Within the boundaries of the fees available, façade engineers need to be smart with the solutions they offer. It is the job of a facade engineer to find the technologies and systems to make the client requirements possible. As a very minimum, they must offer safe, buildable, durable solutions that fit into the client’s budget.
Sometimes delivering optimum service means delivering difficult messages to the clients. As with any type of highly technical engineering solution, one gets what they pay for when it comes to façade design and installation.
Façade engineers need to be brought in at the early stages of a project in order to understand what the client’s aspirations are and what they can afford, so that the engineers can assess different solutions and determine what performance requirements are needed for the façade. In this way, the project proceeds smoothly with all parties fully informed.
A façade engineer’s obligations extend much further than delivering a technical service. An engineer must understand the entire development process and the fact that delaying a building project will have financial implications for our client. The engineers therefore have an obligation to provide good technical advice and keep a project moving forward.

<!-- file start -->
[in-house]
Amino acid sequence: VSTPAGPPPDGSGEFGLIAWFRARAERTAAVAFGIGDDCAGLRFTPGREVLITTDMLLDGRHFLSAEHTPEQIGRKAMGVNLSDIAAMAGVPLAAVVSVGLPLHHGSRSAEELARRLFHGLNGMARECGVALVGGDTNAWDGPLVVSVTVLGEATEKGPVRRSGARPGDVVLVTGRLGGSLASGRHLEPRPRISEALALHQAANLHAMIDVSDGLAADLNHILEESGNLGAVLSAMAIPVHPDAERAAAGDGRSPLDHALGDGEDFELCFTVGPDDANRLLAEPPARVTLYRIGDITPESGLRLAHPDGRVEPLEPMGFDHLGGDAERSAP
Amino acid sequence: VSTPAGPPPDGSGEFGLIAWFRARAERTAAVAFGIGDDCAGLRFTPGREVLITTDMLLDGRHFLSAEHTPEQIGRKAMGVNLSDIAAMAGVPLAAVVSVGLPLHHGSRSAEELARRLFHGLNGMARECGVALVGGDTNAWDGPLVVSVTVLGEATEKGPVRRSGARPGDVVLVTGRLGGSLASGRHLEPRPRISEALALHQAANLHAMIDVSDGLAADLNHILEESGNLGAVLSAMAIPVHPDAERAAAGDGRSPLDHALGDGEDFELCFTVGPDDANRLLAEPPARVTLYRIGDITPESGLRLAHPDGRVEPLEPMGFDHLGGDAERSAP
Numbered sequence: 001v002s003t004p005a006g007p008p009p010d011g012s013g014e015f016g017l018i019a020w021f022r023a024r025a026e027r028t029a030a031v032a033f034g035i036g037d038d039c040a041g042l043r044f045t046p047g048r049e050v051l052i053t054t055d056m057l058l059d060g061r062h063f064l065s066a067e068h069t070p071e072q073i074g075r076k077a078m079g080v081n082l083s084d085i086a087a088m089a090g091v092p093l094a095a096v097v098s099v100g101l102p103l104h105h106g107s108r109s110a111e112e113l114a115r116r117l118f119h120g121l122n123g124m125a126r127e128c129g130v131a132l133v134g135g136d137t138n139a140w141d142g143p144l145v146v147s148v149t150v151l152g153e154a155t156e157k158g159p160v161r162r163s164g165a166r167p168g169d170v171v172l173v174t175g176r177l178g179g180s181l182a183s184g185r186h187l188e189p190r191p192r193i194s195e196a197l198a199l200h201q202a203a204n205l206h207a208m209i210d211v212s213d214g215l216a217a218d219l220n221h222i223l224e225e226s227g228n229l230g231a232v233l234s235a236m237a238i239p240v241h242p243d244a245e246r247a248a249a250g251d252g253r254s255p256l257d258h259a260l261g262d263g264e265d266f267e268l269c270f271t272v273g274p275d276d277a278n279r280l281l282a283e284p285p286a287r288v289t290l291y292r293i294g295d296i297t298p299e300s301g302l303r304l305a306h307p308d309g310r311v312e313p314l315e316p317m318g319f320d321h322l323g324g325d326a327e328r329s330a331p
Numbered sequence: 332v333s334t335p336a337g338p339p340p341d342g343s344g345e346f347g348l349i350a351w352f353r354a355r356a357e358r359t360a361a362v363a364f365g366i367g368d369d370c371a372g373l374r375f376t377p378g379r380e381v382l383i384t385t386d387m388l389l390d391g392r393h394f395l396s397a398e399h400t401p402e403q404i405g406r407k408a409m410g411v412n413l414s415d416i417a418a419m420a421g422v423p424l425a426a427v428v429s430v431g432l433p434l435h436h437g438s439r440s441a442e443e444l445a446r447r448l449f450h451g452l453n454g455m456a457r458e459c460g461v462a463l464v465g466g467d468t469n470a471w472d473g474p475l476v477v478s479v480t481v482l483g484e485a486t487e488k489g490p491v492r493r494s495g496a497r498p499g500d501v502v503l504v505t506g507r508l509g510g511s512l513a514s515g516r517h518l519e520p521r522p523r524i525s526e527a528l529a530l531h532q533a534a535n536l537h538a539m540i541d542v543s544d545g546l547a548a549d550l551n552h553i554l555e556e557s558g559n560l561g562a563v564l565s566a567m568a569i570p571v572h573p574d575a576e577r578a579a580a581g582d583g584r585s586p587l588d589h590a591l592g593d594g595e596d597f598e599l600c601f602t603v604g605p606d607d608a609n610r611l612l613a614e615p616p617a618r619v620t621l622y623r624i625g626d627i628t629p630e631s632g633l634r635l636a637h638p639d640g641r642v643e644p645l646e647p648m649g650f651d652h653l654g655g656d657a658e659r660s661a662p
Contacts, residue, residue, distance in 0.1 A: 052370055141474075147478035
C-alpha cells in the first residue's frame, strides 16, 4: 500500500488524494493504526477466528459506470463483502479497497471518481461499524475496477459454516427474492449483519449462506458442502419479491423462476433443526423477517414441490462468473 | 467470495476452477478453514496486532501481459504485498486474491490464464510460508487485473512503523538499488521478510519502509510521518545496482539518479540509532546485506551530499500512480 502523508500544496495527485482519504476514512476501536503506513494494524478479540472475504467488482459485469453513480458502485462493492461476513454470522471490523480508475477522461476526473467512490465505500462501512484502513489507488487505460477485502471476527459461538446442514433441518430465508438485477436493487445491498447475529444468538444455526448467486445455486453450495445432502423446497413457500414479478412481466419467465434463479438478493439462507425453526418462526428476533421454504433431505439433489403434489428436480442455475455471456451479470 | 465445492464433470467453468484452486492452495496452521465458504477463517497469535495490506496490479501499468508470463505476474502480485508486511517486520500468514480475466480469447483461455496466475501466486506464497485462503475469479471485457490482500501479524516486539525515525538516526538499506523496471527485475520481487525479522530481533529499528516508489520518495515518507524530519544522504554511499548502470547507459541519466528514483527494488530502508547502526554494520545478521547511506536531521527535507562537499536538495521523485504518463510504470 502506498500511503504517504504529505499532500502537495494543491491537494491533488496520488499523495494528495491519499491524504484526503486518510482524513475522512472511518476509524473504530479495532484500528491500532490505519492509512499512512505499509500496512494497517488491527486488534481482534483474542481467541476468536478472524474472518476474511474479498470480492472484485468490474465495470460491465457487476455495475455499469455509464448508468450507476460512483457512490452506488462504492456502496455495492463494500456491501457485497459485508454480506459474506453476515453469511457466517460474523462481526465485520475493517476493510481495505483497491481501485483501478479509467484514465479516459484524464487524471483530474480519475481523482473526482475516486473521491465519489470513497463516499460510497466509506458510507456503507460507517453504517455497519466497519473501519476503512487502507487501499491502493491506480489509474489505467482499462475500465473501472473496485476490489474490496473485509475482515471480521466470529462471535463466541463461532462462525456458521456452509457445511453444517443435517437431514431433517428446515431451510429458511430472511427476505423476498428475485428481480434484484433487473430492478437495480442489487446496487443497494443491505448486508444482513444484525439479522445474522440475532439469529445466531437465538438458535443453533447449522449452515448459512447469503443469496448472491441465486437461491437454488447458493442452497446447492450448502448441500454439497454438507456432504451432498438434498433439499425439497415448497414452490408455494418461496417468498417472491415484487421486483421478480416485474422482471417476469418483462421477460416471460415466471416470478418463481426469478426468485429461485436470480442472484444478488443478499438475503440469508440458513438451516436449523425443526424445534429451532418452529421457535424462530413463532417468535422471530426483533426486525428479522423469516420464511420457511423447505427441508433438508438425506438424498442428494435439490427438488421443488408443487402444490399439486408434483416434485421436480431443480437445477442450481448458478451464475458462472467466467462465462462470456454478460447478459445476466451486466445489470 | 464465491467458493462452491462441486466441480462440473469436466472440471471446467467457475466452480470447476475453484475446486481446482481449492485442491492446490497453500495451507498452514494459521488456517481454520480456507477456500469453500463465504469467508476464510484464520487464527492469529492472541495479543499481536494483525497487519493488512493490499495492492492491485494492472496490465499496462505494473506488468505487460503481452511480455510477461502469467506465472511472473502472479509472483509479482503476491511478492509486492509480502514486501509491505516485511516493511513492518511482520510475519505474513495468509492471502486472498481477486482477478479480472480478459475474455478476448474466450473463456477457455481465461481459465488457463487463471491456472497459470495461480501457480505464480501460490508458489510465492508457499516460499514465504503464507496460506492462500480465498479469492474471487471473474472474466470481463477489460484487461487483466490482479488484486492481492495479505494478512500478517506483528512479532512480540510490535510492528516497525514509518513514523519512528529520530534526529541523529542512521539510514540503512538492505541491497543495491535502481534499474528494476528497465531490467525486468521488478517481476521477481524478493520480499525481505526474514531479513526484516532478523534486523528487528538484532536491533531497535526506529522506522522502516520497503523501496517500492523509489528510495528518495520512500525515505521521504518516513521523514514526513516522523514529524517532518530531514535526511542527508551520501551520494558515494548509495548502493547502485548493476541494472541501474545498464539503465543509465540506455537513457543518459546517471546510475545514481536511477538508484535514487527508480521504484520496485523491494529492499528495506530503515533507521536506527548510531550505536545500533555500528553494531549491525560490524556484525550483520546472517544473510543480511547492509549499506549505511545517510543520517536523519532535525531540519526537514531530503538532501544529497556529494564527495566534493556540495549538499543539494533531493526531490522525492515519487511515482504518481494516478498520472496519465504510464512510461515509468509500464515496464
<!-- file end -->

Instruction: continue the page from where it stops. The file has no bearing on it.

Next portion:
Make sure that the façade engineer one partners with has appropriate experience, understands the project’s aspirations and understands how a project is developed. No client will ever be thankful for achieving a small, non-critical technical win if the result is that the project is delivered late.